Simplify Database Migration by Using Object Relational Mapping

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Web applications are developed using different programming languages for various components. Effecting changes to the database applications within the app is a cumbersome process and is time consuming. Object relational mapping is a lazy person’s way out, making it simple to migrate data.

ORM or object relational mapping is a technique or a toolkit to access the database from programming languages or frameworks. Though ORM has been used in the industry for a long time, many people are not too aware about it. This article throws light on this topic, with budding developers as its target audience.

The normal scenario of a project
Let’s look at a Web application. The front-end/Web pages might be programmed in HTML/ jQuery and the server side may be in any scripting language like PHP or a framework like Django. The database may be Oracle or SQL Server.

The connection to the database is coded (called the connection string) in the scripting language, specific to the database, by giving the following parameters:

dbname, user, password, port number, etc.

Inside the application, we might have written several SQL queries that are specific to the vendor database.

Disadvantages
Let’s look at a scenario in which, for certain business purposes, the client wants to change to some open source database like MySQL. It is a difficult/ cumbersome activity for the developers involved to change all the DB queries to MySQL, including the connection string. This would mainly affect the time required to do the development/changes and the testing – both of which might result in a lower profit margin.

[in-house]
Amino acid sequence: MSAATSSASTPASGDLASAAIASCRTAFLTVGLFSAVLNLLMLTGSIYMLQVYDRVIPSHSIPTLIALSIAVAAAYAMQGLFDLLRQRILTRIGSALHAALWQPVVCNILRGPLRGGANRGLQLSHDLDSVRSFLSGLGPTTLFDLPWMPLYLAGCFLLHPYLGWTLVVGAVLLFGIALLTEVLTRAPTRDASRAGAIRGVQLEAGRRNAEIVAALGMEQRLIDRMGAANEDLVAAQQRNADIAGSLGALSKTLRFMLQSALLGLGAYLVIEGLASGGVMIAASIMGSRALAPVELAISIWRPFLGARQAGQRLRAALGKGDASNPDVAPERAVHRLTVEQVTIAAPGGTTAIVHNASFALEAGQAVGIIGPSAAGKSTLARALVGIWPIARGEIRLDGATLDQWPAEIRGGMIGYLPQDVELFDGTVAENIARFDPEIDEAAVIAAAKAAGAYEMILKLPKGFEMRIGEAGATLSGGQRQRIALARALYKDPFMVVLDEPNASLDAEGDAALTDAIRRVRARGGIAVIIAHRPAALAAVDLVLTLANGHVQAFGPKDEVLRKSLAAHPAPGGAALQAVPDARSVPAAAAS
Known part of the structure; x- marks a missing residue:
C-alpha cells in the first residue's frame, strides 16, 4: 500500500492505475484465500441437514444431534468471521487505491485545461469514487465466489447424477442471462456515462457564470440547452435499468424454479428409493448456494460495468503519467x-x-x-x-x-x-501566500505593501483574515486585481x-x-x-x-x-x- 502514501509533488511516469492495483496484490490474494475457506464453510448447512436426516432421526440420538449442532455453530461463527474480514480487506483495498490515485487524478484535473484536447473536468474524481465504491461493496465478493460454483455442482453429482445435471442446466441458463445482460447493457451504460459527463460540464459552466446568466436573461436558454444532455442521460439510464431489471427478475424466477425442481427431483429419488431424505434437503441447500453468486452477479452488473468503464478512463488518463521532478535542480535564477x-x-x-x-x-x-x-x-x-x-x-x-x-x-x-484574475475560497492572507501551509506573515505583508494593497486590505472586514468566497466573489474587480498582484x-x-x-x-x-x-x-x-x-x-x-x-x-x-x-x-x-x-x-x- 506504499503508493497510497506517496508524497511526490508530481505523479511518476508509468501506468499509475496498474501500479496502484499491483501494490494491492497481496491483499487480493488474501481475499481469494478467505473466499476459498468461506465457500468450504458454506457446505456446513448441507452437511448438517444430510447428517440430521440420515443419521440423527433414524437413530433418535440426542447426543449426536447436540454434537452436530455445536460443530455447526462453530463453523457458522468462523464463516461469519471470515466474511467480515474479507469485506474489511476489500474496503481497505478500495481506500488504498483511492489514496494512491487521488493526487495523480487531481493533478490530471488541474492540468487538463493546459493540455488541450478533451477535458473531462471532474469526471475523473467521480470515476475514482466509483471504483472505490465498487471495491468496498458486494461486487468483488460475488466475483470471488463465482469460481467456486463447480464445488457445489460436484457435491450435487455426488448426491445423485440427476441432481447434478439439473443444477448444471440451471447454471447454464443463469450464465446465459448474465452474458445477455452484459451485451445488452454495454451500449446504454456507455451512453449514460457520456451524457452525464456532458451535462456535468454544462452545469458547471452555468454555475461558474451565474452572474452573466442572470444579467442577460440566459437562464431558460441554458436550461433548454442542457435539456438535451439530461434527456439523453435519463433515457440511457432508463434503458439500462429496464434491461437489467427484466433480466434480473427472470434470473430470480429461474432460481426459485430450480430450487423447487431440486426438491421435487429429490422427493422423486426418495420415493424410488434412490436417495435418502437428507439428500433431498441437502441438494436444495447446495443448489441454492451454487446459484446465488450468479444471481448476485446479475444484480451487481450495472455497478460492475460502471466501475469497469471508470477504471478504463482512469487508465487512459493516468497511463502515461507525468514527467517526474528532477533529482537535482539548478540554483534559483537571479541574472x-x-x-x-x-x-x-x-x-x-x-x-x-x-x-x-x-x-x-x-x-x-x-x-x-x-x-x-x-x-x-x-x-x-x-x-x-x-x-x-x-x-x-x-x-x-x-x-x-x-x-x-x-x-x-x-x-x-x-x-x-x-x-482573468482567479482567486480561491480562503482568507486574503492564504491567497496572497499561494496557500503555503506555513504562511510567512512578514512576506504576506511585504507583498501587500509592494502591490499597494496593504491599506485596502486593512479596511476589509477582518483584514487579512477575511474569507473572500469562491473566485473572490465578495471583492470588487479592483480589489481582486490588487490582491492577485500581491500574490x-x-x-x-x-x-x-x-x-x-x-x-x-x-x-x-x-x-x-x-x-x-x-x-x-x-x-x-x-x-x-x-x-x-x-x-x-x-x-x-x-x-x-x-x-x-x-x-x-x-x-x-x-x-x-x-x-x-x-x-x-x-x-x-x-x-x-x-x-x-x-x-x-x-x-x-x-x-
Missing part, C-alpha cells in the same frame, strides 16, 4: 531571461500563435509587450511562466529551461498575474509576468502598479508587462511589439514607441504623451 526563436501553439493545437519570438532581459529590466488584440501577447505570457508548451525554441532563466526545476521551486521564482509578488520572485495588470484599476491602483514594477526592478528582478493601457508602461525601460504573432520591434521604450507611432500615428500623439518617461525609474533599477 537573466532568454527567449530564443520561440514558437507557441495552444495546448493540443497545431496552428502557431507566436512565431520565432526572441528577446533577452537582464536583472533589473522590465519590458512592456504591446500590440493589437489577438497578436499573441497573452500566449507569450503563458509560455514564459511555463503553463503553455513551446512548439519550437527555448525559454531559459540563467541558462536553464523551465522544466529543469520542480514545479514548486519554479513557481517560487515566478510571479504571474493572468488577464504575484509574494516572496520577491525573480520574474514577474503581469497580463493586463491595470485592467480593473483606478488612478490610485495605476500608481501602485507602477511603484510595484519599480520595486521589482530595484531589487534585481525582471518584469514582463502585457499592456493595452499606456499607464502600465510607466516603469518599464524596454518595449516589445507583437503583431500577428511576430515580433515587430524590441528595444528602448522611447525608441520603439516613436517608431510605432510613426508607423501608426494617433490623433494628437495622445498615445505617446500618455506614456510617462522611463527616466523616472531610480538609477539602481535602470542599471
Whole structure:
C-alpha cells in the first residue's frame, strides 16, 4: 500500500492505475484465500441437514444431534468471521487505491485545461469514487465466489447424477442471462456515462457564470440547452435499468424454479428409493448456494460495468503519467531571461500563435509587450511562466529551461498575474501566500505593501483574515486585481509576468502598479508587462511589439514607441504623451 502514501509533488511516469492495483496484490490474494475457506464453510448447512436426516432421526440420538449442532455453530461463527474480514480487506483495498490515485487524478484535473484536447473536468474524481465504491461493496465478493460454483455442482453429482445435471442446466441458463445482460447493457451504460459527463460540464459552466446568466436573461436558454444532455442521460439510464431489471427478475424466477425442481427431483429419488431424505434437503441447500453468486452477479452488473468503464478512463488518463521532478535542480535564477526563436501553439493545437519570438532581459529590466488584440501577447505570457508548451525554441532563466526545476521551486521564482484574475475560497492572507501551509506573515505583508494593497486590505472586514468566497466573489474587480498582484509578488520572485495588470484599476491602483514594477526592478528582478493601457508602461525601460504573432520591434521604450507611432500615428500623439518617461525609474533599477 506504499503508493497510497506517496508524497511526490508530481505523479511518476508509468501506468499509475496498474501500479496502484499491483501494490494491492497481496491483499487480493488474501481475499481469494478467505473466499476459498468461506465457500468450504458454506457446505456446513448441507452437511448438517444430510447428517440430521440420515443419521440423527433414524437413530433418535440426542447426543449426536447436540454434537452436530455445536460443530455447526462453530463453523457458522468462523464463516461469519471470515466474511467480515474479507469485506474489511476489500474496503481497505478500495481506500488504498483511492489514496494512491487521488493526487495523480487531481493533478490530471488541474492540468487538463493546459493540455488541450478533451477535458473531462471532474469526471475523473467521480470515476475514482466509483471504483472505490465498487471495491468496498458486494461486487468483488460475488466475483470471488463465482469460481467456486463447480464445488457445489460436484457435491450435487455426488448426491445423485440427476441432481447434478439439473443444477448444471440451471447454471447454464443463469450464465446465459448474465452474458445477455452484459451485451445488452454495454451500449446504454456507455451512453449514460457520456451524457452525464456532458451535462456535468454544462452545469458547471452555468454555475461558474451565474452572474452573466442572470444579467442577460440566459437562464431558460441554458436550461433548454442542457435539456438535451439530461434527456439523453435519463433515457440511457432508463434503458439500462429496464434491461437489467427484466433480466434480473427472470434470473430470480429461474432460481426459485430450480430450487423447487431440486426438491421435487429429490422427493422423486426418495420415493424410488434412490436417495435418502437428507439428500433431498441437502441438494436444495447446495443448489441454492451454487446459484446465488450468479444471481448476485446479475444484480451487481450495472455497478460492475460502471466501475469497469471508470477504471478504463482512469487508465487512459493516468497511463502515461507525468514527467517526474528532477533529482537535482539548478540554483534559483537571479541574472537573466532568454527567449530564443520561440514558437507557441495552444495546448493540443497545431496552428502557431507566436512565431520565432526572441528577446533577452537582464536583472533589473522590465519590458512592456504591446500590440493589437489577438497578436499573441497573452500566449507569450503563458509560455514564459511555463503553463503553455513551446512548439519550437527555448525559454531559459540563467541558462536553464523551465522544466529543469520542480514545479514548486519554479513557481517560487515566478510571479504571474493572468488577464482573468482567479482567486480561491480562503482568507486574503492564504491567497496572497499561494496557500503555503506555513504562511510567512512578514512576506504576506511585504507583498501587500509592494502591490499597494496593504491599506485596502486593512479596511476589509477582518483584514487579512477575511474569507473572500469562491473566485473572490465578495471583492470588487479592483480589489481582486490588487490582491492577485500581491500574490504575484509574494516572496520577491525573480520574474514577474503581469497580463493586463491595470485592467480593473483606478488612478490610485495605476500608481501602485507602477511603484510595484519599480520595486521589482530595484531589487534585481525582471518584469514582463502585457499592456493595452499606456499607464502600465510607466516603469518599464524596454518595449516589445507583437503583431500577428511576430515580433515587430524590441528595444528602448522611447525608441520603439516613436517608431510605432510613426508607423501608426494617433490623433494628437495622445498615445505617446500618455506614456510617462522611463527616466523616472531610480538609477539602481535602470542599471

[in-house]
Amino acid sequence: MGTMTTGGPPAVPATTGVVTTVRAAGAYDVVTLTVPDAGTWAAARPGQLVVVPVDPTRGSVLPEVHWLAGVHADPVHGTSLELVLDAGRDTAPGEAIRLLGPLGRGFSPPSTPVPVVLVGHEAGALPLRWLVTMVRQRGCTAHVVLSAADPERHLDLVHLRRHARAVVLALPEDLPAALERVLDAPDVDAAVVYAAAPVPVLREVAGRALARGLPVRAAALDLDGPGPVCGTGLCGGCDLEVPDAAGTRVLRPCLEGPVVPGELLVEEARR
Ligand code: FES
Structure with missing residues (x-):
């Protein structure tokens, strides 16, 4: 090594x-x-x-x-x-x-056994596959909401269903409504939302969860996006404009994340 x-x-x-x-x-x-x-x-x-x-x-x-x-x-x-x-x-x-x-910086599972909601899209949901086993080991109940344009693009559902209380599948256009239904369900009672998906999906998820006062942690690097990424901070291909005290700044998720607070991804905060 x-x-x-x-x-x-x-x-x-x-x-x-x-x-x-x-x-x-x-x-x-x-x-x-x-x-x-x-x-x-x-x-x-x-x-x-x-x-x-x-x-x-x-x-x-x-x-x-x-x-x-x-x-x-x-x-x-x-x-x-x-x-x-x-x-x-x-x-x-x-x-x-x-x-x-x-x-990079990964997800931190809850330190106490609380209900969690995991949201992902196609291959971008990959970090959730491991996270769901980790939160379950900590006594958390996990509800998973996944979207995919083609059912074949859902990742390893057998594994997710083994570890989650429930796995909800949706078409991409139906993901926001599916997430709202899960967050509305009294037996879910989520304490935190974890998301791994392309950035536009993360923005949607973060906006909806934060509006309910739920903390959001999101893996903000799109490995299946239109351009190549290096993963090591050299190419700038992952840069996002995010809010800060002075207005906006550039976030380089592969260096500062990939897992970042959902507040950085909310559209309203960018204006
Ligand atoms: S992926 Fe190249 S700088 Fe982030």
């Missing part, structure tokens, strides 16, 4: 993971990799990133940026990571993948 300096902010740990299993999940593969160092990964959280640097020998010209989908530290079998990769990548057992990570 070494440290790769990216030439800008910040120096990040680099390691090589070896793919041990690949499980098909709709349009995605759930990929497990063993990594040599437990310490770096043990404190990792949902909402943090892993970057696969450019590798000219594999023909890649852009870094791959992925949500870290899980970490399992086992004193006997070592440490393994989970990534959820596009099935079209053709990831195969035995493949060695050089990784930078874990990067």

How ORM fits into the picture
Tables in the database schema are defined as classes
in Django, the widely used and the most popular
framework of Python.
An example of an employee class/table is:

from django.db import models
class Employee(models. Model):
first_name = models.CharField(max_length=30)
last_name = models.CharField(max_length=30)
age = models.IntegerField()

After the classes are defined, we need to create the migration file.

Migration
Migration is to a database what GIT or SVN is to the code base. It keeps track of changes in the schema by creating files for each one. For each change, we need to create a migration file
and then execute this file to replicate the specified change to the underlying database. The commands for these operations vary based on the ORM we use.

Why ORM is needed
While developing any application, by using ORM, we get the following advantages.

1. Productivity

  • Eliminates lots of repetitive code
  • Database schema is generated automatically

2. Maintainability

  • Fewer lines of code – easier to understand
  • Easier to manage changes in the table/class

3. Performance

  • Lazy loading – associations are fetched when needed
  • Caching

4. Vendor-independent

  • The underlying database is abstracted away
  • In the code below, ORM supports multiple databases. A query in ORM looks like what follows:
Employee.objects.filter(first_name='xxxx')

…which is the same as what’s shown below:

select * from employee where first_name='xxxx'

In the above fashion, any SQL query can be written
in ORM. There is no need for the developer to write complex SQL queries. An ORM query is converted into an equivalent vendor-specific database query for execution. This is a lazy way of doing things, i.e unless we try to retrieve some properties from the query result set, the conversion process or the query execution won’t happen.
Django has its own built-in ORM. We can also use SQLalchemy, which is an open source ORM toolkit for the Python frameworks. Apart from these two, there are some other open source ORMs such as SQLObject, Propel, Redbean, and so on.
To learn more about the ORM in Django, go to https://docs.djangoproject.com/en/2.2/topics/db/models/.

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